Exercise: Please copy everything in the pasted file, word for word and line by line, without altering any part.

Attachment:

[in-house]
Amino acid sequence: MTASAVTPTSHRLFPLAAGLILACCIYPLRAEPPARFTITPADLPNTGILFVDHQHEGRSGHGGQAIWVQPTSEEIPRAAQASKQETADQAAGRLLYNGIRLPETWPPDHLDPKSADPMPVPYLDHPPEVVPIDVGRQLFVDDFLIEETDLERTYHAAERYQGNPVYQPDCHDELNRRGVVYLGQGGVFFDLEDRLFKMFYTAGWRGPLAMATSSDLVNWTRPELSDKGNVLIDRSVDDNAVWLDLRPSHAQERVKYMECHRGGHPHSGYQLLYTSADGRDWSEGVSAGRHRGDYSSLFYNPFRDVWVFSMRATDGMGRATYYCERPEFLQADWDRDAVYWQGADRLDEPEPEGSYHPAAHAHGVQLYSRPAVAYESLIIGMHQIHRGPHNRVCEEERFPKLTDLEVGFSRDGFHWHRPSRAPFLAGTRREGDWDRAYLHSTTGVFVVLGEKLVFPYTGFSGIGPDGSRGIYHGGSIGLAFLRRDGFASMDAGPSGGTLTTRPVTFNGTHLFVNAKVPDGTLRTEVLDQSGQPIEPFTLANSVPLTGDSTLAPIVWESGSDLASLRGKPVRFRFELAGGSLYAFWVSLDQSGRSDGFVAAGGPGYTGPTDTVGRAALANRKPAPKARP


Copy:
[in-house]
Amino acid sequence: MTASAVTPTSHRLFPLAAGLILACCIYPLRAEPPARFTITPADLPNTGILFVDHQHEGRSGHGGQAIWVQPTSEEIPRAAQASKQETADQAAGRLLYNGIRLPETWPPDHLDPKSADPMPVPYLDHPPEVVPIDVGRQLFVDDFLIEETDLERTYHAAERYQGNPVYQPDCHDELNRRGVVYLGQGGVFFDLEDRLFKMFYTAGWRGPLAMATSSDLVNWTRPELSDKGNVLIDRSVDDNAVWLDLRPSHAQERVKYMECHRGGHPHSGYQLLYTSADGRDWSEGVSAGRHRGDYSSLFYNPFRDVWVFSMRATDGMGRATYYCERPEFLQADWDRDAVYWQGADRLDEPEPEGSYHPAAHAHGVQLYSRPAVAYESLIIGMHQIHRGPHNRVCEEERFPKLTDLEVGFSRDGFHWHRPSRAPFLAGTRREGDWDRAYLHSTTGVFVVLGEKLVFPYTGFSGIGPDGSRGIYHGGSIGLAFLRRDGFASMDAGPSGGTLTTRPVTFNGTHLFVNAKVPDGTLRTEVLDQSGQPIEPFTLANSVPLTGDSTLAPIVWESGSDLASLRGKPVRFRFELAGGSLYAFWVSLDQSGRSDGFVAAGGPGYTGPTDTVGRAALANRKPAPKARP